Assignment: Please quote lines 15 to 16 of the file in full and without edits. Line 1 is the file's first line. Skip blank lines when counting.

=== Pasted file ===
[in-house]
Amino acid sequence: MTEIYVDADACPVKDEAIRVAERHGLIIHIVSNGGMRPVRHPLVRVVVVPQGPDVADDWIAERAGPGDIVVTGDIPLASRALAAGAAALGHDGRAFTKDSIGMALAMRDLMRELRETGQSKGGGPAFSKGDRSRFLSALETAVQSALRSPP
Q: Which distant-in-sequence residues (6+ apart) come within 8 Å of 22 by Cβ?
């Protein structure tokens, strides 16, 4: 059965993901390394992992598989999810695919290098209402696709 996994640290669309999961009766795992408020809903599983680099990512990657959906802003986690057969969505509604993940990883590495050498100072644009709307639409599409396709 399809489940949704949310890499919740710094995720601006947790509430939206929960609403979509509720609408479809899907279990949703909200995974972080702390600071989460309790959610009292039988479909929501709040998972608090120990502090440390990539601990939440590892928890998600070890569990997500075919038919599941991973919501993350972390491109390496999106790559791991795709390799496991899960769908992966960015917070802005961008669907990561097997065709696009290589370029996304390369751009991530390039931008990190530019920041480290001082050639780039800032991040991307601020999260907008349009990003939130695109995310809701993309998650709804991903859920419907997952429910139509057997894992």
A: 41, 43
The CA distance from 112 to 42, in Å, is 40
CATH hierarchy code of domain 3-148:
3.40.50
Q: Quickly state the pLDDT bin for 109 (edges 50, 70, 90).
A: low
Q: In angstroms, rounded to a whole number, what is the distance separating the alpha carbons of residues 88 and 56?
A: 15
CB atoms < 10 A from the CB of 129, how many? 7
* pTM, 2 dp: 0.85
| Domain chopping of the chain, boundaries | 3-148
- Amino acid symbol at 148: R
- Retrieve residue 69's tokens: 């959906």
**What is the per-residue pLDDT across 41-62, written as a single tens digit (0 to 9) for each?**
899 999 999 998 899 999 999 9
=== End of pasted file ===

| Domain chopping of the chain, boundaries | 3-148
- Amino acid symbol at 148: R